Table of Contents
Last week, Google unrolled the curtains on the Google Pixel 8 series. And for the chipset of the devices, Google has once again partnered with Samsung. That is, the Tensor G3 found in the Pixel 8 and Pixel 8 Pro are from Samsung’s 4nm fabrication process.
Under the hood, the Tensor G3 features a 9-core CPU configuration. There’s 1 Cortex X3, four A715, and four A510 cores. In terms of the GPU, the Google Pixel 8 series comes with the Mali G710. But the real question is, how good is the GPU?
Well, the benchmark test results of the Tensor G3 are out. And from the numbers, it’s pretty clear that the Google Pixel 8 devices aren’t the best gaming phones that your money can currently buy.
Tensor G3 of Google Pixel 8 Delivers Weak GPU Performance
Overall, the Tensor G3 inside the Google Pixel 8 devices doesn’t hold up well against the competition. The performance across different benchmarking tools is about 1.5 to 2 generations behind. Here’s a closer look:
3DMark Wildlife Extreme
In 3DMark Wildlife Extreme, the Tensor G3 doesn’t do so well. It’s about as fast as the Apple A14, which is a chipset from 2020. What’s more interesting is that the GPU of G3 is slower than the Snapdragon 8 Gen 1, which was launched two years back.
As you can see from the comparison table picture attached above, the Tensor G3 of Pixel 8 and Dimensity 9200 share the same GPU. That MediaTek chipset comes with Mali-G715, and it features 11 compute units. However, the Dimensity chipset outperforms the new Tensor SoC by a wide margin.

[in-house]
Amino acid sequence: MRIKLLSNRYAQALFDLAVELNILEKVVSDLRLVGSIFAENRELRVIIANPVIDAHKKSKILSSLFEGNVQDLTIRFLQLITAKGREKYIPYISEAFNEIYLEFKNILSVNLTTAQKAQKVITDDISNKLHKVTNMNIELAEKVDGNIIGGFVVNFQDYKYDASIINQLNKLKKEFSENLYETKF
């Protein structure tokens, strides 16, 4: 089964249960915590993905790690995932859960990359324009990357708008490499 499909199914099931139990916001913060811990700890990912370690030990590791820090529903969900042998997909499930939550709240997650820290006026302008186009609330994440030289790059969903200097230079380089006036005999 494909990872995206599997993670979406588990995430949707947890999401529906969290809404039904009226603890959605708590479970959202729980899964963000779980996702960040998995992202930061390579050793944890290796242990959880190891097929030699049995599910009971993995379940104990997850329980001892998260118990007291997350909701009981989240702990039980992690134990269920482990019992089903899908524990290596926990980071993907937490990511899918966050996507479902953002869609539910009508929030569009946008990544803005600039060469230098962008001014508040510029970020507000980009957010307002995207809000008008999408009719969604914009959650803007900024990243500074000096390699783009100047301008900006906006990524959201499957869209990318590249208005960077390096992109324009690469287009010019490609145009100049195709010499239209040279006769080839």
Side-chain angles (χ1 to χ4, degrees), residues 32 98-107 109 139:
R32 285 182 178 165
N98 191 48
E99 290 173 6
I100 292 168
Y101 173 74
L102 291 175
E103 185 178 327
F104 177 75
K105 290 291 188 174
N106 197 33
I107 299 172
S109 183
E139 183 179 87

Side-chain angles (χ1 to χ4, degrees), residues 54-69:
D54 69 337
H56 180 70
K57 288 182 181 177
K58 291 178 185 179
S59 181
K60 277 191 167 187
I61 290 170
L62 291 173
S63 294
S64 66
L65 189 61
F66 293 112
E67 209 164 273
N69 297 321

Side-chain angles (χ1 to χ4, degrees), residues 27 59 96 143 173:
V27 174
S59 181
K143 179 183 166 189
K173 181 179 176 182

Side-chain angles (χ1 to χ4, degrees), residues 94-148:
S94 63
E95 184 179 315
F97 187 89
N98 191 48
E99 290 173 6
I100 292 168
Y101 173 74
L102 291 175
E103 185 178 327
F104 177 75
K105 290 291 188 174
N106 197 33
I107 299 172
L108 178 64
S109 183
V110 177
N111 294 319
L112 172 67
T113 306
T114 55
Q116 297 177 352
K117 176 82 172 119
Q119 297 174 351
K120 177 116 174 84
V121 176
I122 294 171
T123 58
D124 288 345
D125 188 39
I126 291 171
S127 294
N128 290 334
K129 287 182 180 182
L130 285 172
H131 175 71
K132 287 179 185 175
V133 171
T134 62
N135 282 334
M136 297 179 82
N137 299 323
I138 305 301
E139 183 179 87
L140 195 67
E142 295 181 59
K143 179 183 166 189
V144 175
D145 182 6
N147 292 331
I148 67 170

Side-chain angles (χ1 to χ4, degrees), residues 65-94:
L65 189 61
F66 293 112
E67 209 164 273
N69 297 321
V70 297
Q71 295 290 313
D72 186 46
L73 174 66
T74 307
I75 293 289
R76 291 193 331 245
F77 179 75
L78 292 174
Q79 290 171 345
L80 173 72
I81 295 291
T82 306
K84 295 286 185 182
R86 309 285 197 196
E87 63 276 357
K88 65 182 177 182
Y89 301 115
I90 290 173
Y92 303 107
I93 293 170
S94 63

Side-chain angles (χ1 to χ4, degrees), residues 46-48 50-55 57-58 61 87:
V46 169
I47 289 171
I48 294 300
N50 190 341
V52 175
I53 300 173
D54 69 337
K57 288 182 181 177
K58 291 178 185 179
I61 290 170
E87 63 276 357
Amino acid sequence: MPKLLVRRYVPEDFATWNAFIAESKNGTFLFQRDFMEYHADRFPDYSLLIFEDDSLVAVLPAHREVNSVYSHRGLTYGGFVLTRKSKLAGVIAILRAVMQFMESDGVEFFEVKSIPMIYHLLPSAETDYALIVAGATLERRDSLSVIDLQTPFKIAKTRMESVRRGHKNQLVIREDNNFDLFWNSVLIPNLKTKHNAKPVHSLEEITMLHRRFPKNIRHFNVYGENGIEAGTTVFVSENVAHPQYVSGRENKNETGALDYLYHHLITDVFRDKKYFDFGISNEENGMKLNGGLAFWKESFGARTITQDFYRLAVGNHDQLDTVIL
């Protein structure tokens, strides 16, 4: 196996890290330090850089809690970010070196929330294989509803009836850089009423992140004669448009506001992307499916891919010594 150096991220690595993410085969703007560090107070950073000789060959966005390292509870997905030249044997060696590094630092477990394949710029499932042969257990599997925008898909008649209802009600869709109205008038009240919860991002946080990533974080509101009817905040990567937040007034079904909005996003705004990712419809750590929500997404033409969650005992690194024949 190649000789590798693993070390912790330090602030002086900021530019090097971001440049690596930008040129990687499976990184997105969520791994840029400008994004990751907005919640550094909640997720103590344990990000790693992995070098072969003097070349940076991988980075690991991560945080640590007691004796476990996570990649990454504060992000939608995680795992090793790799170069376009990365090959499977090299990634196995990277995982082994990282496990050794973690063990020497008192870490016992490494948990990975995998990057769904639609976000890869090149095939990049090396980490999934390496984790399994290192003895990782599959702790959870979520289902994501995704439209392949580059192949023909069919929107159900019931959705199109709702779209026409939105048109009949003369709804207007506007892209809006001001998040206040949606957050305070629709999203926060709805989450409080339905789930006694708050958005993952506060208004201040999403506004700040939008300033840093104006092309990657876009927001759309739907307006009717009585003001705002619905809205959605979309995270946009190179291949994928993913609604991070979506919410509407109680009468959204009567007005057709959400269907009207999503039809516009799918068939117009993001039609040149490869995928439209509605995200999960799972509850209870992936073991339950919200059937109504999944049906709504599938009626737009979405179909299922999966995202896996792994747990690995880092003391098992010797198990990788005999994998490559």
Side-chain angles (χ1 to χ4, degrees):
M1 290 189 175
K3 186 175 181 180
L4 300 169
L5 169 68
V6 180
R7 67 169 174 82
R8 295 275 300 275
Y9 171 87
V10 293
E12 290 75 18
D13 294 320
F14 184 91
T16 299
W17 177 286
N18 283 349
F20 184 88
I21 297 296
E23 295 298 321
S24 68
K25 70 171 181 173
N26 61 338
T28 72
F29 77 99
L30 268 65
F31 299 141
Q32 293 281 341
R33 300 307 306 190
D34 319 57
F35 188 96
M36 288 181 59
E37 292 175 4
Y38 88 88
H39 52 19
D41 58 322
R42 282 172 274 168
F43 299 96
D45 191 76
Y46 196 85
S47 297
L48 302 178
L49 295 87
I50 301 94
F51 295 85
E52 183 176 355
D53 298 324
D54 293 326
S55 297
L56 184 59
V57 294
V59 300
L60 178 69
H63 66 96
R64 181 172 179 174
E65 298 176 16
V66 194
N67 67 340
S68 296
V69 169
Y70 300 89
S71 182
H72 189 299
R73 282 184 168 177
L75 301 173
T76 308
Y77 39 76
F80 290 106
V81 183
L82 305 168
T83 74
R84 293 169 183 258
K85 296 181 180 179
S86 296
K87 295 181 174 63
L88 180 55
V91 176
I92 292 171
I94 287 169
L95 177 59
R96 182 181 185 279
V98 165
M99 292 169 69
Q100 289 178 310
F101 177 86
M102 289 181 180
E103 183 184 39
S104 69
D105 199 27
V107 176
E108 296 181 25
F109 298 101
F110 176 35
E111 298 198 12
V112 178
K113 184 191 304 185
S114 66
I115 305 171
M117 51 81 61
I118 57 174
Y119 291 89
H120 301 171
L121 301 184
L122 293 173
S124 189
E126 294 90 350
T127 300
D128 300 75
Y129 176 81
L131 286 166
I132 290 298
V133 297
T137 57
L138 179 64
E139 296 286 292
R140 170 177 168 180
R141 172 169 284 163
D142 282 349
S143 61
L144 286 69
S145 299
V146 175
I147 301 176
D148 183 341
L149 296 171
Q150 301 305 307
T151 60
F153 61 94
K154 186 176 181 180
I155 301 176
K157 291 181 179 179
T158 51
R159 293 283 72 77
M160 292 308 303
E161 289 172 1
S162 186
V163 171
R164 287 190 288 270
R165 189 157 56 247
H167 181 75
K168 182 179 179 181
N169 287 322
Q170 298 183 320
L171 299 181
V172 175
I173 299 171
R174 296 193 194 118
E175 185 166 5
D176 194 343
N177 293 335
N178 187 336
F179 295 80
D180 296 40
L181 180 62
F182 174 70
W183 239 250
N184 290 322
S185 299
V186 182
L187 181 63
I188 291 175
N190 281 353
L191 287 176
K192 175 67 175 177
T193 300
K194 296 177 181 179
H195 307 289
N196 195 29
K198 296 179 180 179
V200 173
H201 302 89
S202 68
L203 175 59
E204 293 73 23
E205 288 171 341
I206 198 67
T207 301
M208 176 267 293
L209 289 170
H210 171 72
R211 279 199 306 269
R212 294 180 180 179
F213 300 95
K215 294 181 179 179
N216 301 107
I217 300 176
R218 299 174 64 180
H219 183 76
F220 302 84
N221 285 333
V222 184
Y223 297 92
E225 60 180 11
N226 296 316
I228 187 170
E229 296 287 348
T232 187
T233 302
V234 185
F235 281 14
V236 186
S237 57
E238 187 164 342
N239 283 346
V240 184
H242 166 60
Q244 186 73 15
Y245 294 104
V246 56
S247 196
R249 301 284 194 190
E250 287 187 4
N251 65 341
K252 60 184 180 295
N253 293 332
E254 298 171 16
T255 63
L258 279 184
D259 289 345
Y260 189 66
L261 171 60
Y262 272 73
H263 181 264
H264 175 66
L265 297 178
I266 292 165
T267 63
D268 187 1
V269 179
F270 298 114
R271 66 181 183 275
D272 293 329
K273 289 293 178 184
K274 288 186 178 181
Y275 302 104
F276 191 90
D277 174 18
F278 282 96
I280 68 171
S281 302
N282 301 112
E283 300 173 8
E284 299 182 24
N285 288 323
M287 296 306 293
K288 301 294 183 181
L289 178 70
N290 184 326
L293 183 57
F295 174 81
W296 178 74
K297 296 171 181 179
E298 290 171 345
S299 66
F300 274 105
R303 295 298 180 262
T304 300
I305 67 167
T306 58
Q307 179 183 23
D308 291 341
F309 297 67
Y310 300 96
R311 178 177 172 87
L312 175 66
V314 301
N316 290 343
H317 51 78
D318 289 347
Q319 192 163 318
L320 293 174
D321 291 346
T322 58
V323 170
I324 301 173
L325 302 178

But they are not identical, as the Dimensity 9200 was fabbed on TSMC’s 4nm node. Also, the Google Pixel 8 SoC features 7 compute units.
On GFXBench Aztec, the Dimensity 9200 once again reigns over the Tensor G3 of Pixel 8. As you can see from the picture attached below, the G3 offers about half the frame rate in the test. In addition, the Tensor draws nearly double the power of the Dimensity 9200.
But on GFXBench test V3.1, the gap between the Tensor G3 and Dimensity 9200 narrows down by a bit. Still, the power draw of the chipsets is the same in this test.
Gizchina News of the week
Meanwhile, the Snapdragon 8 Gen 2, which is the current Android flagship chipset, offers about double the FPS in Aztec. It even gets better efficiency scores across the board.
What Does This Mean for Pixel 8 and the Upcoming Android Flagship Chipsets
As the test results from different benchmarking tools show, the Google Pixel 8 isn’t competitive against the current flagship in terms of performance. It only offers a slight improvement over the Tensor G2 found in the Pixel 7 series.
This is bad news for the current Google Pixel flagships, as the Dimensity 9300 and Snapdragon 8 Gen 3 are just around the corner. Both these upcoming flagship chipsets will be unveiled before the end of this year. And seeing how poor the GPU performance of the Tensor G3 is, it’ll be way behind the two future flagship chipsets.
On that note, the node disadvantage is a piece of bad news for the Samsung Exynos 2400. But it’s worth noting that Samsung integrated RDNA 3-equipped GPU into that chipset. So, the architectural advantage could keep the Exynos 2400 in the game.
For Google Pixels, it seems that the significant performance gap between the current flagships will continue unless Google ditches Samsung’s foundry. And judging by the current state of Google, that’s unlikely to happen anytime soon.